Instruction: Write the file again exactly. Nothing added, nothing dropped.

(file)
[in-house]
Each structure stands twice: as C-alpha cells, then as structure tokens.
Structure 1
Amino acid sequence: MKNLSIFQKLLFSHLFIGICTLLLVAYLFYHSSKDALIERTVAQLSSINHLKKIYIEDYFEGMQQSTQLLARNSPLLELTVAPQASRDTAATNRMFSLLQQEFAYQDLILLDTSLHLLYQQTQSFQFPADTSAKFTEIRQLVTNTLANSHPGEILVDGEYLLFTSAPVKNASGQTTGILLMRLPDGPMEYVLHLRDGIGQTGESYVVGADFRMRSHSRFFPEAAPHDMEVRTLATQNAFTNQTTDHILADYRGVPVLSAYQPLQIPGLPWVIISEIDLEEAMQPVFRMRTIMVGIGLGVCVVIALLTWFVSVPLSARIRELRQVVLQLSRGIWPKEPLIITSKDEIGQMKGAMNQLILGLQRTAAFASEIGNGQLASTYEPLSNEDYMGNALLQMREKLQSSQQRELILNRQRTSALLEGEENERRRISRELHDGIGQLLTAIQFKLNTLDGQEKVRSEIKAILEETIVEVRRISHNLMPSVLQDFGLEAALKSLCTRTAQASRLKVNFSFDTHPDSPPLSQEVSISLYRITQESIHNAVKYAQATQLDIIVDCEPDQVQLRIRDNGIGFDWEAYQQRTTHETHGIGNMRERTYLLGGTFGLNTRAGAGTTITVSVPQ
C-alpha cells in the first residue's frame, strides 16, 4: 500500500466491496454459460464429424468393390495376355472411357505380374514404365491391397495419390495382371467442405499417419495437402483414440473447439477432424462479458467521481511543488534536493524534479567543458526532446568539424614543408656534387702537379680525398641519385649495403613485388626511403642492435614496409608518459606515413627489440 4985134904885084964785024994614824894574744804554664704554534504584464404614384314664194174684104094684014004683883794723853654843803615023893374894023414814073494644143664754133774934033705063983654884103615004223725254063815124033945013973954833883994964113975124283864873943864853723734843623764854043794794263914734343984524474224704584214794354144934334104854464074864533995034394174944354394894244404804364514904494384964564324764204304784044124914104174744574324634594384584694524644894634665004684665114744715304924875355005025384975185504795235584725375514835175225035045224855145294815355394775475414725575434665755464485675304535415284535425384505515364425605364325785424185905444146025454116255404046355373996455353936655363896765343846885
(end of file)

[in-house]
Each structure stands twice: as C-alpha cells, then as structure tokens.
Structure 1
Amino acid sequence: MKNLSIFQKLLFSHLFIGICTLLLVAYLFYHSSKDALIERTVAQLSSINHLKKIYIEDYFEGMQQSTQLLARNSPLLELTVAPQASRDTAATNRMFSLLQQEFAYQDLILLDTSLHLLYQQTQSFQFPADTSAKFTEIRQLVTNTLANSHPGEILVDGEYLLFTSAPVKNASGQTTGILLMRLPDGPMEYVLHLRDGIGQTGESYVVGADFRMRSHSRFFPEAAPHDMEVRTLATQNAFTNQTTDHILADYRGVPVLSAYQPLQIPGLPWVIISEIDLEEAMQPVFRMRTIMVGIGLGVCVVIALLTWFVSVPLSARIRELRQVVLQLSRGIWPKEPLIITSKDEIGQMKGAMNQLILGLQRTAAFASEIGNGQLASTYEPLSNEDYMGNALLQMREKLQSSQQRELILNRQRTSALLEGEENERRRISRELHDGIGQLLTAIQFKLNTLDGQEKVRSEIKAILEETIVEVRRISHNLMPSVLQDFGLEAALKSLCTRTAQASRLKVNFSFDTHPDSPPLSQEVSISLYRITQESIHNAVKYAQATQLDIIVDCEPDQVQLRIRDNGIGFDWEAYQQRTTHETHGIGNMRERTYLLGGTFGLNTRAGAGTTITVSVPQ
C-alpha cells in the first residue's frame, strides 16, 4: 500500500466491496454459460464429424468393390495376355472411357505380374514404365491391397495419390495382371467442405499417419495437402483414440473447439477432424462479458467521481511543488534536493524534479567543458526532446568539424614543408656534387702537379680525398641519385649495403613485388626511403642492435614496409608518459606515413627489440 4985134904885084964785024994614824894574744804554664704554534504584464404614384314664194174684104094684014004683883794723853654843803615023893374894023414814073494644143664754133774934033705063983654884103615004223725254063815124033945013973954833883994964113975124283864873943864853723734843623764854043794794263914734343984524474224704584214794354144934334104854464074864533995034394174944354394894244404804364514904494384964564324764204304784044124914104174744574324634594384584694524644894634665004684665114744715304924875355005025384975185504795235584725375514835175225035045224855145294815355394775475414725575434665755464485675304535415284535425384505515364425605364325785424185905444146025454116255404046355373996455353936655363896765343846885